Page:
Tuesday, November 03, 2015

NaBloPoMo -- Ministry in a Resource Town

A couple of weeks ago I was asked to take part in the annual newcomers event for clergy in Alberta Northwest Conference.  This is part of the request:
Thank you for agreeing to be one of our “Hinterland Who’s Who participants for our upcoming Newcomer’s Orientation to Alberta and Northwest Conference.

We are connecting with you to talk about ministry in a  resource-based community setting.

The questions we would ask you to ponder are as follows:

2.       How is the mission and ministry of your Pastoral Charge unique
a.       What particular social, political, physical dynamics influence the life and work of your Pastoral Charge?
Which was an interesting challenge.  Because while this is at heart a resource-based community it has also developed a wider economic base due to the fact that it is a regional center.  This means a larger amount of government and retail activity in addition to agriculture, forestry and petroleum.  It also provides a degree of insulation from the vagaries of being a community that almost solely relies on resource-based industry (especially those that rely on one particular resource and/or company).

The interesting thing for me was to compare the 2 resource-based communities where I have served.  One has been dwindling since the mine closed over 30 years ago, sort of propped up by a coal-fired power plant and some forestry -- until the forestry industry went off a cliff a few years back.  The other, where I am now, is actively growing -- the last municipal census showed an increase of almost 40 000 since 1994, which is a more than doubling of the population -- buoyed by the petroleum industry (mainly natural gas rather than crude oil). One has a greying population and under-subscribed schools, the other is one of the youngest cities in the country (majority of the population under age 39) with schools that are full or overfull. One where property values are, at best, stagnating (or outright falling), another where vacancy rates last year were maybe 1% and rents were soaring (our house has gained almost $20 0000 in civic-assessed value in 5 years--which may or may not show up in actual market value)  Resource-based can mean different things, depending on where in the lifespan of the resource one is.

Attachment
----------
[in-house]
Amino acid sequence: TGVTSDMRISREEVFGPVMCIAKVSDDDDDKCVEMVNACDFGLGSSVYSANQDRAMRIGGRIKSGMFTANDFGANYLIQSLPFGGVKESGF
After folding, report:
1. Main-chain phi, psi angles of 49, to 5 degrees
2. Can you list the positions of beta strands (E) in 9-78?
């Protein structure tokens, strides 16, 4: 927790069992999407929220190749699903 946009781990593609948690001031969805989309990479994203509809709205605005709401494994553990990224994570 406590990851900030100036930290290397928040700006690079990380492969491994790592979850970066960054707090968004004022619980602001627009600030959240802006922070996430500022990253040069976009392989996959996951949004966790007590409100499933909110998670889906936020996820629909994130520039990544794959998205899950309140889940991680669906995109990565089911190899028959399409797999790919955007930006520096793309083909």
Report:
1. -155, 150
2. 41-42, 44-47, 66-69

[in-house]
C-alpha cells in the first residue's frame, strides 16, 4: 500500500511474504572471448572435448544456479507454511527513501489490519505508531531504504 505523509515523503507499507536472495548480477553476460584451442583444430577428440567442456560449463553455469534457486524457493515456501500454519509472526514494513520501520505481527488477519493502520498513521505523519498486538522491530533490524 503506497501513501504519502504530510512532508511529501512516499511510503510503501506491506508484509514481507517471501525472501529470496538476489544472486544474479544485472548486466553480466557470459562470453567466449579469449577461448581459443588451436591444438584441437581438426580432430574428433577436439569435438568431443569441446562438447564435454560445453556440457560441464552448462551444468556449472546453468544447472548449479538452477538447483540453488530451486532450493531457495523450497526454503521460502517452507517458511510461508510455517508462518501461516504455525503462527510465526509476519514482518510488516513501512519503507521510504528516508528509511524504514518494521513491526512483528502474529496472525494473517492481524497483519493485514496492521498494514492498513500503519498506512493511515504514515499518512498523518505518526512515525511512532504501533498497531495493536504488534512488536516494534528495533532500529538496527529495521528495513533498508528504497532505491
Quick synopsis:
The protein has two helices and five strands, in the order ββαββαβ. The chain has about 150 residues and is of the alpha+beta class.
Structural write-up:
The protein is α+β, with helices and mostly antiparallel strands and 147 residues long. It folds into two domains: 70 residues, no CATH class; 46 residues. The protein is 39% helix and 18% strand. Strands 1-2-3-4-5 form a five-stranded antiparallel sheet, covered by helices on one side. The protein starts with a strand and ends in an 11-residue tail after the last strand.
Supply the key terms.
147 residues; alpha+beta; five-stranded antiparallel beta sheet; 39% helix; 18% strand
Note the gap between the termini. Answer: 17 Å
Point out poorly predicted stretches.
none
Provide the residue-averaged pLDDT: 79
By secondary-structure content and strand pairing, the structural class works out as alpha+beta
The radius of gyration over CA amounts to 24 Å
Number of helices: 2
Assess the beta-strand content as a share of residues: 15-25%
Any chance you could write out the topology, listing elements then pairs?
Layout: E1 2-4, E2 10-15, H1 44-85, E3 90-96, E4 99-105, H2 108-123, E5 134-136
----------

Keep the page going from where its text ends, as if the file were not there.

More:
But there are definite similarities.  Ministry with families with absent parents.  Maybe because the local industry is defunct and one parent (often father) is working "away" for weeks at a time and then home for a week (which can have interesting effects on family life).  Or maybe because the industry is hopping and one or both parents are working long hours and lots of overtime.  For the church this may mean having to re-think what we expect (or more accurately hope to expect) from working people in terms of time available for church work.

ANd then there is the balancing act between eco-theology and economics.  I mean I know that in the end everybody had to walk that line (though some show more awareness of this fact than others) but when you are living and working with people whose jobs are on the line it hits a bit closer.  As mentioned above, my previous ministry setting relied heavily on a coal-fired power station.  Then the provincial government announced they were closing all the coal-fired power stations. Which I agreed with in theory (I had issues with some of the logic used) but was going to be potentially crippling to the town. (I wrote a bit about this when I first started this blog 10 years ago). Or living in a petro-province when your denomination comes out against pipelines, or when the national body decides (in the middle of a strong downturn) to divest of stocks in oil and gas companies.  Again decisions I largely supported in theory and philosophy but had poor optics in some parts of the community.  Fine line to walk indeed.

And of course it is the church.  When times are good and when times are bad we worry about numbers (people and dollars).  We wonder why there are so many people who are on our mailing list but not in the pews.  We worry about how we can fund what we feel called to do, whether that is maintaining the status quo because we are shrinking or plateauing or reaching out to a growing community and trying to find new ways to be the church in their midst.  Maybe the question is "can we still afford full-time ministry?" or maybe it is "can we increase to 1.5 or 2 positions?" but the problem is the same.  How can we be the church God is calling us to be?

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